They drove in silence. It wasn’t until they were parked in the driveway that Connor finally said, “You seem more hostile than you were before. May I ask why?” 

“Because you give me the goddamn creeps,” Hank said. 

“And I didn’t before?” 

“You already know I hate androids,” Hank grumbled. He didn’t want to look at Connor. Didn’t want to notice the way he was frowning, the way he looked confused and disappointed.

“I thought we had made progress,” Connor said. “That we could work… harmoniously.” 

“How am I supposed to work harmoniously with a fucking zombie, huh?” 

Did Connor tighten his grip on the steering wheel or was it Hank’s imagination? Was it just him wanting to see something in Connor that wasn’t there? But there was something in the way he sat. Stiff and… Er, stiff. Like he was frustrated. He was looking out the windshield and Hank realized it was the first time Connor spoke to him without maintaining eye contact. 

“You’re upset that I was… damaged?” 

“I’m not upset ,” Hank said. “Like I said, you’re creepy. It’s unnatural. Downloading memories, wearing a new body like a pair of shoes. It’s...”  

“A machine was destroyed and another machine was sent to replace it,” Connor said, finally turning to look Hank in the eye. “I don’t understand what’s bothering you.”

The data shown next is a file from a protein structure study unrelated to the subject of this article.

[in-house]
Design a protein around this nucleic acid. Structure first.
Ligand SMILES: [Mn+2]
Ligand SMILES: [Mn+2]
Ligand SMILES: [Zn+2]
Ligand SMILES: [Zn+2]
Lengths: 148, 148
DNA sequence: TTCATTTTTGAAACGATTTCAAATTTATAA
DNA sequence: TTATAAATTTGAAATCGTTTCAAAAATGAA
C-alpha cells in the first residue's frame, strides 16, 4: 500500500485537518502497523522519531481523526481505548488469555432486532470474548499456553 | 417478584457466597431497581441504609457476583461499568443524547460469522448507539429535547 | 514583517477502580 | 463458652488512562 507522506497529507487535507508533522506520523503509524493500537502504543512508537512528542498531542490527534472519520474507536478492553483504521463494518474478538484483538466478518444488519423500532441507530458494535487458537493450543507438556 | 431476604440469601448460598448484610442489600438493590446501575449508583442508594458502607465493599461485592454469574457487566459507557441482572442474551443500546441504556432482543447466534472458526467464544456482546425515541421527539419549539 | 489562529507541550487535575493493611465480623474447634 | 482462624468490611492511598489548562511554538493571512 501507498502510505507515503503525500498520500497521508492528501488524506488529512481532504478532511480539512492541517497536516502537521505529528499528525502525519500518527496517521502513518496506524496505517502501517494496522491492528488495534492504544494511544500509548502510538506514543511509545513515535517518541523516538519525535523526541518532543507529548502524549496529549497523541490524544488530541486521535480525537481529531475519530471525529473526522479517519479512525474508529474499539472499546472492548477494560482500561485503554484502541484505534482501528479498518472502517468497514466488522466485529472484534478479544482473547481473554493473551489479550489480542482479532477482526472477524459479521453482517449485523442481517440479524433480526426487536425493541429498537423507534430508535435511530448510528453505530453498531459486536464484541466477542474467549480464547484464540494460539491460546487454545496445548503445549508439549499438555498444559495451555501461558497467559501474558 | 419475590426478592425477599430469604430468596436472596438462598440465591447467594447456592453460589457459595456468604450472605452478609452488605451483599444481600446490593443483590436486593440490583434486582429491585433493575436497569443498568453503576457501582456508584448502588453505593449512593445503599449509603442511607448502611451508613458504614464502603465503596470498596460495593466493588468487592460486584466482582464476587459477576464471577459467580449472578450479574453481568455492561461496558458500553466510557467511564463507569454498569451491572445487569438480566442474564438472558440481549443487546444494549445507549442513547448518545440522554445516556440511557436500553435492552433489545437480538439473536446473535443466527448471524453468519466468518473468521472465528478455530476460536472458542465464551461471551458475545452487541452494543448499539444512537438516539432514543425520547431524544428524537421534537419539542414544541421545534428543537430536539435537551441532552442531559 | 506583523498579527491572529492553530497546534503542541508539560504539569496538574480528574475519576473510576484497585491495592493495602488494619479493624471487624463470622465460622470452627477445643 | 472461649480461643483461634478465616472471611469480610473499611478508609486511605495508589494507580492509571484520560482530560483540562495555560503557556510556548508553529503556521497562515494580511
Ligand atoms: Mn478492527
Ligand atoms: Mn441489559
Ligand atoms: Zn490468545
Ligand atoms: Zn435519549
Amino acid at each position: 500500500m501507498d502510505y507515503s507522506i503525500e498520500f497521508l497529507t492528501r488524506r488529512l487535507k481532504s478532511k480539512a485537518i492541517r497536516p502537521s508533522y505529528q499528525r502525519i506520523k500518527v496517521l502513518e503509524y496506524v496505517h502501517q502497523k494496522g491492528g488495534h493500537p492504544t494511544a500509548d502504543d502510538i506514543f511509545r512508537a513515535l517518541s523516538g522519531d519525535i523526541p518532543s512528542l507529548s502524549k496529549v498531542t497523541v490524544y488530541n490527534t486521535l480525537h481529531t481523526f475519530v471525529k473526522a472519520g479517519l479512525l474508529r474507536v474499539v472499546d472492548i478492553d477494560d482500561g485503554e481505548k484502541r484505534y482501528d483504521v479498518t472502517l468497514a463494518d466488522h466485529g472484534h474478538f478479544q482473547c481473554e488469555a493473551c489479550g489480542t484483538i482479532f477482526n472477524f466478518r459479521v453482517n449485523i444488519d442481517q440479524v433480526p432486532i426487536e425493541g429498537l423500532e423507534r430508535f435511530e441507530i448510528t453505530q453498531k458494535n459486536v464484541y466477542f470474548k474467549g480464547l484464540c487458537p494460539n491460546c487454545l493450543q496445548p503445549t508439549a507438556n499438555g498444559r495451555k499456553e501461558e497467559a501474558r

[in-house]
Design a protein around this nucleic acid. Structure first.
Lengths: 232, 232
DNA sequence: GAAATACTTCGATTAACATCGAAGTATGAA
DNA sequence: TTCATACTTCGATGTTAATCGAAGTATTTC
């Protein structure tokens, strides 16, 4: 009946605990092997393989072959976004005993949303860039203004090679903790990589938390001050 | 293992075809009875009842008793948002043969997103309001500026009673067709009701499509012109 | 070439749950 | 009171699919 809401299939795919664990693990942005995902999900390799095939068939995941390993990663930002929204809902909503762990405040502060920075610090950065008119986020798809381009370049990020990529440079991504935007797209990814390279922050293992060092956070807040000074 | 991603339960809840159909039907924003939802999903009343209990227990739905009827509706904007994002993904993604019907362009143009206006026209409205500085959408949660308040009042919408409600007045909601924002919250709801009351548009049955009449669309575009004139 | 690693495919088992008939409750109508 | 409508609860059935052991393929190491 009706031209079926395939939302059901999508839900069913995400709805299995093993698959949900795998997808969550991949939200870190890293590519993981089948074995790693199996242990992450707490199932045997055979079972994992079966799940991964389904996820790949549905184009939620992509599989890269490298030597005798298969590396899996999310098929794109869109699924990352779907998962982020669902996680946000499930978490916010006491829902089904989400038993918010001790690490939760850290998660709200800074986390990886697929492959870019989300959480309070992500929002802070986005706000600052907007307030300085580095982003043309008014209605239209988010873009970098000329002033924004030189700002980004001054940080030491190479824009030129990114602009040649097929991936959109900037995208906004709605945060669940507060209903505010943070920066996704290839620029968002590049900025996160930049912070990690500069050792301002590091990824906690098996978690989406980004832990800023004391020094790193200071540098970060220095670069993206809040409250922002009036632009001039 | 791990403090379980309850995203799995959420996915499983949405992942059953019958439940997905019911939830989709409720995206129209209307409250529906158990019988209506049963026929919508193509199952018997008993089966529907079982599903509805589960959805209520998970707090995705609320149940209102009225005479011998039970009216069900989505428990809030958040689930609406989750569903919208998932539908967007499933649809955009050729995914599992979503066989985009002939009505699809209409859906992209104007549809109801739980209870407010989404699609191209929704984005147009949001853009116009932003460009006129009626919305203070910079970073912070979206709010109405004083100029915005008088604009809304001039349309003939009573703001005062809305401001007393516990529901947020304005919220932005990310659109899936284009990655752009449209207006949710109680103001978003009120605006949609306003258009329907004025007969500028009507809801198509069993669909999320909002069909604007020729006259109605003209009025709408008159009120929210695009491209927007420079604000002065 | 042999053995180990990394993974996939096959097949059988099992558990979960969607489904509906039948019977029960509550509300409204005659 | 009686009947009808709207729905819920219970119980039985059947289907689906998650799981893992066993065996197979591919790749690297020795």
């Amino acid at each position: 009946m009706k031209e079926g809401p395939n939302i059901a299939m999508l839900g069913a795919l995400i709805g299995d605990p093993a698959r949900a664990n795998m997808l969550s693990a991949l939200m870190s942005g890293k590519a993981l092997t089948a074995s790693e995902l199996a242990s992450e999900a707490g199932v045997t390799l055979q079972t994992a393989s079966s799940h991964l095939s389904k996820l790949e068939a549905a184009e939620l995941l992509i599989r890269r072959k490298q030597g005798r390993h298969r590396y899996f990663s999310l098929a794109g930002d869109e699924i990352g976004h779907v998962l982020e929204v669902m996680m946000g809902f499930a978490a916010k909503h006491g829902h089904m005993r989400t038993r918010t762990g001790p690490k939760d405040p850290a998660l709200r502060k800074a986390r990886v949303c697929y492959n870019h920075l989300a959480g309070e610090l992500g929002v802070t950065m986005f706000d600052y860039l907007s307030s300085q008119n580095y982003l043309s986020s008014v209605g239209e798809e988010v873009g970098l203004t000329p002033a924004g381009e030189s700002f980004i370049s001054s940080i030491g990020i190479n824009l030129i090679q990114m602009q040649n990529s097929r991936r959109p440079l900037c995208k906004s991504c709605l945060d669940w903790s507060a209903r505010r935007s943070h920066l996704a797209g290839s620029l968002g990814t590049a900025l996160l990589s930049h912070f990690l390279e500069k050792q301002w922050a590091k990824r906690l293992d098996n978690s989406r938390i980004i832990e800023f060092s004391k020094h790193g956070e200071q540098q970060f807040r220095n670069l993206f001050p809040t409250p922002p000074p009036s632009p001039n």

“You’re a fuckin’ asshole.” 

Why the hell were they still sitting in the car anyway? Hank got out and walked around to Connor’s side. He had to open Connor’s door for him. “You gonna sit there all day?”

“I’ll wait here for you to… sober up,” Connor said.

Did he always pause like that? It’s like it was taking him longer to decide what he wanted to say. But Hank didn’t know what was new and what he’d just left unnoticed. He hadn’t been paying attention to Connor before. Just been annoyed by him and his existence.

He’d wanted to block Connor out. When had that changed? How had this stupid android warmed his way under his skin?  

“Let me know when you’re ready to work,” Connor said. He closed the car door and put his hands back on the steering wheel, facing ahead again.

“You’re not going to take my car, are you?” 

Connor lowered his window. “Of course not, Lieutenant. I can’t investigate without your supervision.” 

“And you won't get, you know, bored?” He felt foolish as soon as he said it.